I do not usually comment on political news in Taiwan, a neo-liberal rubbish bin permeated by the ruling class Kuomintang (KMT) and a sustainable modern alternative to their dictatorship and world-record thirty-eight-year martial law. I also do not comment on the so-called “Sunflower Student Movement,” more rubbish which benefited no one but the members of the opposition Democratic Progressive Party (DPP) and no-party candidates who parlayed it into a trouncing of the KMT candidates in the recent mid-term elections. Until the “Sunflower” seeds demand jobs and labor unions with collective bargaining agreements with their bosses, their street theatrics are groundless.
I do want to comment on a front page article (Taipei Times, Fri., Dec. 5, 2014, “Candidates, voters register for Taipei labor director”) in which I see how Taipei City’s mayor-elect, Ko Wen-Je’s mimics the Chinese Communist Party (CCP) to vet candidates running for election in 2016 in Hong Kong. The “Umbrella Student Movement” was up in arms and on the streets for weeks because of China’s curtailing the choices Hong Kong voters will have. At least the Chinese are frank about it. Ko’s “I-Voting” system, which he will use to select the next director of the Taipei Department of Labor, seems fair and democratic on the surface, but it isn’t.
Ko Wen-Je’s campaign promise to use an “I Voting” system was meant, he said, to encourage candidates and voters to register to vote for and choose Taipei’s new labor director. It sound democratic with collective decision making which smacks of a utopian workers’ state, but it is only a gimmick.
The “open government” Ko is initiating goes like this: Instead of appointing a labor chief, which is always what mayors around the world do, be they from capitalistic, communistic, or theocratic cities, the mayor-elect of Taipei is opening the position of Labor Director to candidates selected in an on-line vote.
I am skeptical about this system for a number of reasons. First of all, what if the voter is not computer literate and cannot vote on-line? ‘No problem,’ says the Ko team; campaign headquarters will serve as an alternate polling place for registered voters to sign up to vote. That’s all well and good, but what if the voter is infirm or has no convenient means of reaching the Ko Wen-Je’s headquarters? Is the Ko team prepared to send access-a-ride vehicles to pick up interested voters and drive them home? Why not just send out vote-gathers with laptop computers and Wi-Fi connections to help the dispossessed from the comfort of their own living rooms?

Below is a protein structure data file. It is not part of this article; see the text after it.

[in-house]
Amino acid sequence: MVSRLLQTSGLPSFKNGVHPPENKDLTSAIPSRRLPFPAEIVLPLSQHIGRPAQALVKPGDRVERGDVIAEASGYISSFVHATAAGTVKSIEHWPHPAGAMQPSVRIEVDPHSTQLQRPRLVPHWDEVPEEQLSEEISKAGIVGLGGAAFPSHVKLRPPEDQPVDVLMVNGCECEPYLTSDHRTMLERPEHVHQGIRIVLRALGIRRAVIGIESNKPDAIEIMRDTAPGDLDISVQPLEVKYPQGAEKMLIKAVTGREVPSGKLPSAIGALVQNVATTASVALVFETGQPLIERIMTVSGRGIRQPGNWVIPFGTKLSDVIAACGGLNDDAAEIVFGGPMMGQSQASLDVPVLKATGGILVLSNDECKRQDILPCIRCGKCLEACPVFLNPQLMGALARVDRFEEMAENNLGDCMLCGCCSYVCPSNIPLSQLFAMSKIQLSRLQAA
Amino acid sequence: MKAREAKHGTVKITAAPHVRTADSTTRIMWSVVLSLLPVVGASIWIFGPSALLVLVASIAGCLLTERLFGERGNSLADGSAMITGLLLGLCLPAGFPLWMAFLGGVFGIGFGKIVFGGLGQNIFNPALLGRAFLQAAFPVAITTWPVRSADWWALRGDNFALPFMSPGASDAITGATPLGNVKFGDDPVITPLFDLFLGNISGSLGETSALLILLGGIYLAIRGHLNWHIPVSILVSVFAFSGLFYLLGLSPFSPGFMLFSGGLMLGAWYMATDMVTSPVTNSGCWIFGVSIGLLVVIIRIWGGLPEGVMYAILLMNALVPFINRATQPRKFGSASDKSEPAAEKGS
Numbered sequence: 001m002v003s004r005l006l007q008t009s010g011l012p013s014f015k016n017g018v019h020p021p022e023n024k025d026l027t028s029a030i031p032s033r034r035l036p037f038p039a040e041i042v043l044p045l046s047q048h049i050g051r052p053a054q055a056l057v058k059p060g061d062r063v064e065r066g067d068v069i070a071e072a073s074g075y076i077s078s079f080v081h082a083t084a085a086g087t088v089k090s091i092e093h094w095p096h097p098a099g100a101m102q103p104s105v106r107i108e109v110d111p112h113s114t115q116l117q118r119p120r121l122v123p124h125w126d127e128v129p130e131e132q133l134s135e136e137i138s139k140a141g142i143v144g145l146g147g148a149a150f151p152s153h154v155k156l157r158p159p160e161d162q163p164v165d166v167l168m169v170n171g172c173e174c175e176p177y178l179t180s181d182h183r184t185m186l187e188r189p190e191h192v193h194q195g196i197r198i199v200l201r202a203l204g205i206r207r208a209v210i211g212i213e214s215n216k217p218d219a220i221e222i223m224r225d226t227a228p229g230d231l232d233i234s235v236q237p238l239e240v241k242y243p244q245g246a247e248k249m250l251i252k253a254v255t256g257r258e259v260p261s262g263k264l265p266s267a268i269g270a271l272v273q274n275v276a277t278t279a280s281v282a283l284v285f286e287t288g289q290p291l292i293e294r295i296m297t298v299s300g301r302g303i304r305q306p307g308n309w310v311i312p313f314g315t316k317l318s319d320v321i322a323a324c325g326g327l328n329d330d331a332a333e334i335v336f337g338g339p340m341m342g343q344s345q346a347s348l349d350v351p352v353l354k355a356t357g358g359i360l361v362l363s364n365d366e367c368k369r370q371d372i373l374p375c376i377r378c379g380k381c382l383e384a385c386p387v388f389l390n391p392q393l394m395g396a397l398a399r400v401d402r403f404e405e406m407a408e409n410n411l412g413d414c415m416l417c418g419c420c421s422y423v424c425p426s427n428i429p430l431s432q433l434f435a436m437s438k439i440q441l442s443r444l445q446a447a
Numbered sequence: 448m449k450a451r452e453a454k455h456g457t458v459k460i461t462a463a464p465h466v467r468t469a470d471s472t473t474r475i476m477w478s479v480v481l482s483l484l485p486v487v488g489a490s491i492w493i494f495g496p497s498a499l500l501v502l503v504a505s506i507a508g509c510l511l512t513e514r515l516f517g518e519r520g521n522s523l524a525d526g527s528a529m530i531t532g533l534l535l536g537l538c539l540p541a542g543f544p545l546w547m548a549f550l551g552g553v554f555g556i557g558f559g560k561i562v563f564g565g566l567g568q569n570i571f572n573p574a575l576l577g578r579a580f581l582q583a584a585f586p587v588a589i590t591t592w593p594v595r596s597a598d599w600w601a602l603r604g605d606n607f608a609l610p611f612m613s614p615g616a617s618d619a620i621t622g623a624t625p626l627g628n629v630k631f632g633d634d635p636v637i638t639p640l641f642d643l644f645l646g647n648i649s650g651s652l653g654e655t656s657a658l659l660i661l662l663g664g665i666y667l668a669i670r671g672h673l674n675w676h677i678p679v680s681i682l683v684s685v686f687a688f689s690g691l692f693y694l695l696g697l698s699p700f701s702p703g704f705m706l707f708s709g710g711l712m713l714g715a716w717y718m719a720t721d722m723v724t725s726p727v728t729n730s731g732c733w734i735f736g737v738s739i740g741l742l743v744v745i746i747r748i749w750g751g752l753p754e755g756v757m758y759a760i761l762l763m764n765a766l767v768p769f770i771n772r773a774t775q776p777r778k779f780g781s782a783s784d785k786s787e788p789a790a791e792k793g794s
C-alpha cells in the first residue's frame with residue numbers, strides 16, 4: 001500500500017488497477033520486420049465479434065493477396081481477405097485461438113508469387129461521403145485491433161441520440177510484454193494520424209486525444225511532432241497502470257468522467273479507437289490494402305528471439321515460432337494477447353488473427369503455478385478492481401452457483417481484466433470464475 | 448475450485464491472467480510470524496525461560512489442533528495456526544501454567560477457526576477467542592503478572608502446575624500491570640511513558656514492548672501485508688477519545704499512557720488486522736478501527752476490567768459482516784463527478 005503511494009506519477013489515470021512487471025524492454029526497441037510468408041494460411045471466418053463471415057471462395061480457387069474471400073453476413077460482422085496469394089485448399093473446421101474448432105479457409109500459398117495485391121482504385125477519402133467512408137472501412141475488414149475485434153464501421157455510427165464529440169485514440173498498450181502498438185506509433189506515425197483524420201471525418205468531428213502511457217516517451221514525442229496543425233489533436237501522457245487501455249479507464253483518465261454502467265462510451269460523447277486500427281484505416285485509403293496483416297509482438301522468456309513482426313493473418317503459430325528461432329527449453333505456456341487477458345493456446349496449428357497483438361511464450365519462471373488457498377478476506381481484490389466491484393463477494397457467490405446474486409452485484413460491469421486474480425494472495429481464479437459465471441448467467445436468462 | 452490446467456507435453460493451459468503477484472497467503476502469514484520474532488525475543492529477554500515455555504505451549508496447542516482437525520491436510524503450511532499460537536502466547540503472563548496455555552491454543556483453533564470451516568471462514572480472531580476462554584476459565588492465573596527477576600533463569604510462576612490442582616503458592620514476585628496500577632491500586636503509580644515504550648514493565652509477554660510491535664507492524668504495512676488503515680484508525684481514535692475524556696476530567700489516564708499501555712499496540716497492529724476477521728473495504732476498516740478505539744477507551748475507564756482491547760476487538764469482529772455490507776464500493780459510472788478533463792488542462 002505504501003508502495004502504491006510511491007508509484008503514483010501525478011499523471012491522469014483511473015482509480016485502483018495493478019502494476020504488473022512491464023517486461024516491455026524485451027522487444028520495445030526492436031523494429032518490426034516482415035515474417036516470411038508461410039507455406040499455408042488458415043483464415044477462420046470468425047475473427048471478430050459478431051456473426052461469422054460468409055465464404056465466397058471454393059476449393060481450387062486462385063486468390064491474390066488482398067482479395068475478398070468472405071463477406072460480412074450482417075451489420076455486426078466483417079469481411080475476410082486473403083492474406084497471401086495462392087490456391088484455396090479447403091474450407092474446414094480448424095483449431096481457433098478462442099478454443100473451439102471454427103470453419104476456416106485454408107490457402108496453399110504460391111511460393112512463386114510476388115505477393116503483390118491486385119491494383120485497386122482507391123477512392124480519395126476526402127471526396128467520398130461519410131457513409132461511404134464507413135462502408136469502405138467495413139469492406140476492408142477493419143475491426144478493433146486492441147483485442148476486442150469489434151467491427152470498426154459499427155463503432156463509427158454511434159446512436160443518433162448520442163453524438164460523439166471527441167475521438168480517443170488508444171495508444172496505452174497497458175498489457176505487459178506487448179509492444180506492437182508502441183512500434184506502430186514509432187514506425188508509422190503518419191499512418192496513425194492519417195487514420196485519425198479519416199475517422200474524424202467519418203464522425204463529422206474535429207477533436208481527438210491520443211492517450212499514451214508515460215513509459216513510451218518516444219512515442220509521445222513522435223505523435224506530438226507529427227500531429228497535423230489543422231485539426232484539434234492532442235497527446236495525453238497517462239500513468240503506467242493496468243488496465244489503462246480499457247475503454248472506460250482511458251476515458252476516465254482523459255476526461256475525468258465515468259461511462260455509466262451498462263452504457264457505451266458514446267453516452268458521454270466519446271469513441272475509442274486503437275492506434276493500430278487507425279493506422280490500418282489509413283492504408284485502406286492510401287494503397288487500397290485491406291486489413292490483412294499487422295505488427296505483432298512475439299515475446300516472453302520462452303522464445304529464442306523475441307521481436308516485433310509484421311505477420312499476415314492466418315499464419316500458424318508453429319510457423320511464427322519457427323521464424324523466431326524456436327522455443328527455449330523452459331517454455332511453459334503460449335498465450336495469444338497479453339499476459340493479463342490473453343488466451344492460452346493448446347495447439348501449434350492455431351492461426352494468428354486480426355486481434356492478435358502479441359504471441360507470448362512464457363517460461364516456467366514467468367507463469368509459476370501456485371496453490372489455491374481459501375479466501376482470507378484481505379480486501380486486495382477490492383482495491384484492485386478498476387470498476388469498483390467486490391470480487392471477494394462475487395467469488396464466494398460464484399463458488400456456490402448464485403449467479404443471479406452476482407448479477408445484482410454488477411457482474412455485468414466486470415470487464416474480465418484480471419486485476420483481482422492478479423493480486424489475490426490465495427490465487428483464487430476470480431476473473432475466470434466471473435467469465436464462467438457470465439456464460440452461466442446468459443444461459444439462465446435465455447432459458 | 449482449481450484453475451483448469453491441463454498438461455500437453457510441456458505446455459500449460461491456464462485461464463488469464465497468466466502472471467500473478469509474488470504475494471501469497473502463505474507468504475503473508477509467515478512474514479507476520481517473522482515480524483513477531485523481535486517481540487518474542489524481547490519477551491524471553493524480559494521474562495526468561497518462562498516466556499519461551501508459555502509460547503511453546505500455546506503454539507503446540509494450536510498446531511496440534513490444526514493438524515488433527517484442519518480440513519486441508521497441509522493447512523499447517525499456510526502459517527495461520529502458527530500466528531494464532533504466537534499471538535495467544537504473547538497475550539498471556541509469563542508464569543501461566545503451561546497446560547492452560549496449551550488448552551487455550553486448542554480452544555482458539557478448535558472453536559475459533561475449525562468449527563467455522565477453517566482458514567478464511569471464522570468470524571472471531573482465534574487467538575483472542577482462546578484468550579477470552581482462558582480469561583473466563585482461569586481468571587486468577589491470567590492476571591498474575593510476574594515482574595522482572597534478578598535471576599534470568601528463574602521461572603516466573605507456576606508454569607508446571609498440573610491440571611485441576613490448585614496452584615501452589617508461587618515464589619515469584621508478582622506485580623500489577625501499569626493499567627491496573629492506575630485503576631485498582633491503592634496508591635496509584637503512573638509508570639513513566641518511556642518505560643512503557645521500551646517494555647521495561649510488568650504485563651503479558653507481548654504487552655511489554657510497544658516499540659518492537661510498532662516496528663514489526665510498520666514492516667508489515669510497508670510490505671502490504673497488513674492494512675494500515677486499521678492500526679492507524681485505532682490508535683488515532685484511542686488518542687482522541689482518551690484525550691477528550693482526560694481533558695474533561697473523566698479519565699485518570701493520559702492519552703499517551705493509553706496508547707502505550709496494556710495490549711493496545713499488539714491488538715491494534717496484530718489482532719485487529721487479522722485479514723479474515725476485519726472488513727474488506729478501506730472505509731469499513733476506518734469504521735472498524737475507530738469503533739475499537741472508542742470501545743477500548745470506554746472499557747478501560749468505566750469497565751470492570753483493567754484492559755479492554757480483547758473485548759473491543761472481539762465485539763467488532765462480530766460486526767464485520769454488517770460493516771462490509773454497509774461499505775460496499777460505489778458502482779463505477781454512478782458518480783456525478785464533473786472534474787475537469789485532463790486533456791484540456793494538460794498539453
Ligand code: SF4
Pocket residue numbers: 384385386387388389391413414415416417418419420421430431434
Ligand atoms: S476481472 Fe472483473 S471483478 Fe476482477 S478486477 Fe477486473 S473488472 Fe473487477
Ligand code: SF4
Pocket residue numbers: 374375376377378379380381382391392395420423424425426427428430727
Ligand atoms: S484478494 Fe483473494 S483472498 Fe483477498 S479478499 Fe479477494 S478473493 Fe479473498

According to DPP Legislator Lee Ying-Yuan, who has been made the liaison between the Ko team and DPP, “More than one hundred people have signed up as candidates and ten thousand have registered as voters.” The candidates write their platforms in the form on-line and will be interviewed somehow. Could imagine one hundred plus interviews on-line? “We have a panel of thirty, made up of unionists, who will pick five candidates…and registered voters will be asked to vote for one.” Doesn’t China also have a panel to vet and choose who the Hong Kong voters can vote for in 2016? Is what Ko doing any less democratic? What does he need a panel of unionists for to pick five candidates? Just let the people vote directly. I do not think any of the “Sunflower” youngsters will be taking to the streets to protest this lack of democracy and choice. Many probably think Ko is more democratic for inaugurating the “I Voting” system and that’s exactly what he wants them to think; that’s why he put it on his platform to attract young liberal-minded voters.
Ko Wen-Je’s “I-Voting” system is so half-assed that his administration has no authority to verify the ID numbers of those who volunteer to be candidates or voters. Every person over twenty-years-old with a Republic of China national ID is eligible to vote; whether they live in Taipei or not, they can vote for the Taipei Labor Director!
Furthermore, an eligible voter can register to vote as many times as he or she wishes; the media has already tested the process and was successful in having one person register three voting accounts! When asked what he would do to prevent fraud, Ko naively said it depended on honesty and trust.
While Ko is doing “I-Voting” to fulfill a campaign promise, he is only allowing it to be done in choosing the future director of the Taipei Department of Labor. How about doing it to choose the directors for all the departments in his administration? Why is labor such a throw-away for his frivolous half-baked plan?
Does the fate of millions of working people in Taipei mean so little to mayor-elect Ko? If he really cares for workers, he should forthrightly appoint a Labor Director who would institute a “living wage,” improve working conditions, and set a higher standard for other cities and the central government of Taiwan to follow. Wages in Taiwan are at the same level they were sixteen years ago.
The notion of “open government” is a noble idea and direct democracy is the only true democracy, but this “I-Voting” system is a sham and a farce.
Finally, the main reason Ko Wen-Je is initiating the “I-Voting” system, and he stated it himself, is to ease the pressure on him to appoint positions in his administration. “Since my election, there have been many people trying to talk me into appointing people for positions.”Hurry up, vox-populi; you have until 5:00pm this Sunday to run for the office of Labor Director of Taipei, vote as many times as you like, and maybe be one of the five candidates chosen by a panel, and vote again for what will be five of the same ideas.
For One Big Union.